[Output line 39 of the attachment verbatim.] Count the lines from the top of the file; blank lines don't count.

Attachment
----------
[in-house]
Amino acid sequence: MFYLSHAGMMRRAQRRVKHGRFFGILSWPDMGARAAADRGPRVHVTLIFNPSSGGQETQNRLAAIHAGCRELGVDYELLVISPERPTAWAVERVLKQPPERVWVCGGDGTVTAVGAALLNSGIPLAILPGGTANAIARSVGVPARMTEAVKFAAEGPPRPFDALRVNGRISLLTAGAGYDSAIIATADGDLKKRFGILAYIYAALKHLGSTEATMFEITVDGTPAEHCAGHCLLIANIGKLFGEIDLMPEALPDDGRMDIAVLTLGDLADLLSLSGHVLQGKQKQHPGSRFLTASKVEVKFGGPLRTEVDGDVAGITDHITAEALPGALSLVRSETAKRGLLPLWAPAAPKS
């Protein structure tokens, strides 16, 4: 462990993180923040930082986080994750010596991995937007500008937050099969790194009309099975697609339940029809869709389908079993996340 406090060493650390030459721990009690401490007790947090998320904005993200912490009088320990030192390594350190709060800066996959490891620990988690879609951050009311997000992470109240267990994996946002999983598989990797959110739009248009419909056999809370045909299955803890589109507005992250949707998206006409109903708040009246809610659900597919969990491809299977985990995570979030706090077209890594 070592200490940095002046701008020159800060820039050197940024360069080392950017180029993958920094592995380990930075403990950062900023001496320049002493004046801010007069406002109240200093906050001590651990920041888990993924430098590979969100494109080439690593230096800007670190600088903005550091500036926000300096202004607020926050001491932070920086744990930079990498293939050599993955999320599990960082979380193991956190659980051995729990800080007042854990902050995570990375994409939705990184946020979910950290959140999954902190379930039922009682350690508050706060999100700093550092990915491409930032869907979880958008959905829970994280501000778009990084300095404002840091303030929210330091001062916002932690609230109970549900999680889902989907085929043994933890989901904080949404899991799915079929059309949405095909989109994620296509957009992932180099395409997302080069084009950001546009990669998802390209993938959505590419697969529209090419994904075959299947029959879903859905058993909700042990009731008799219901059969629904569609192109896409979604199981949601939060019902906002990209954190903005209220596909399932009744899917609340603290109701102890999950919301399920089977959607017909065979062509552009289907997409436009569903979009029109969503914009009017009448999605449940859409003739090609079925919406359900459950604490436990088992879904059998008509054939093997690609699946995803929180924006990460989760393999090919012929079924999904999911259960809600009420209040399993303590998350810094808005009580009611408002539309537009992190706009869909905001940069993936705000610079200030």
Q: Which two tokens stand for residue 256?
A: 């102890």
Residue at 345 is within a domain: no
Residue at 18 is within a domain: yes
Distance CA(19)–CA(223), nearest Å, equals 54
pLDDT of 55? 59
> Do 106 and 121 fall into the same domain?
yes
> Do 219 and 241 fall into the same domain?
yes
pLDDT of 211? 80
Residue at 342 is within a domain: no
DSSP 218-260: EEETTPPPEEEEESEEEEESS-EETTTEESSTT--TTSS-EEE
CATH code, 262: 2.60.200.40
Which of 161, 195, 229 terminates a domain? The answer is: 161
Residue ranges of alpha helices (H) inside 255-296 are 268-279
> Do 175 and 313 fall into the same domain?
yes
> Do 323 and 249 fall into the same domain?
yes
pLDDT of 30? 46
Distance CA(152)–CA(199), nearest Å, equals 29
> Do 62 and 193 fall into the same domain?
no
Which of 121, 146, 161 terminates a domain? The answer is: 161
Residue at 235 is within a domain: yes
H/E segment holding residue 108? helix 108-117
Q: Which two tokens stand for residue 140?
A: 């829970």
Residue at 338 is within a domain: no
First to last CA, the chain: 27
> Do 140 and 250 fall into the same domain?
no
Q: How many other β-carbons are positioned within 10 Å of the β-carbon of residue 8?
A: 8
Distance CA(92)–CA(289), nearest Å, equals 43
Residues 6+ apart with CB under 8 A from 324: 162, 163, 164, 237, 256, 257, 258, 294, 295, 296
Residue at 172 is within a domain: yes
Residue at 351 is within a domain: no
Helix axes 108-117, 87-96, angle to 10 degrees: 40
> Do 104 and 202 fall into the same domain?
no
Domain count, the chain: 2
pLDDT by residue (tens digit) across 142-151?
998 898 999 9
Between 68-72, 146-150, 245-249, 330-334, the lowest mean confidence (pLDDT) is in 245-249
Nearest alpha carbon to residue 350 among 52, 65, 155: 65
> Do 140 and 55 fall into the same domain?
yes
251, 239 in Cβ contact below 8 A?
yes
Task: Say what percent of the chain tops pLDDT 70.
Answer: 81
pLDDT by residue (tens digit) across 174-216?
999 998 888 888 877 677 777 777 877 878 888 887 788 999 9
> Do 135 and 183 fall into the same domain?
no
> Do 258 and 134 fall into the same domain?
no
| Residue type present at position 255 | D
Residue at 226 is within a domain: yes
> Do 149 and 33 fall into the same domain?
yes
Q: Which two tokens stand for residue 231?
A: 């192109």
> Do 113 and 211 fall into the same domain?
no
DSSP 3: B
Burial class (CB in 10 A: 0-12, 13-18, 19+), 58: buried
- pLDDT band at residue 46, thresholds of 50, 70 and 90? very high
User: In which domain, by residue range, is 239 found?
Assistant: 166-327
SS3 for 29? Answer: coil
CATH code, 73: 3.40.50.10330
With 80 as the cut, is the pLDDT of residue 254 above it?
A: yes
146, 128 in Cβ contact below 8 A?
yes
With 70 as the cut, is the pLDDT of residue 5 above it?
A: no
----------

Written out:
Distance CA(92)–CA(289), nearest Å, equals 43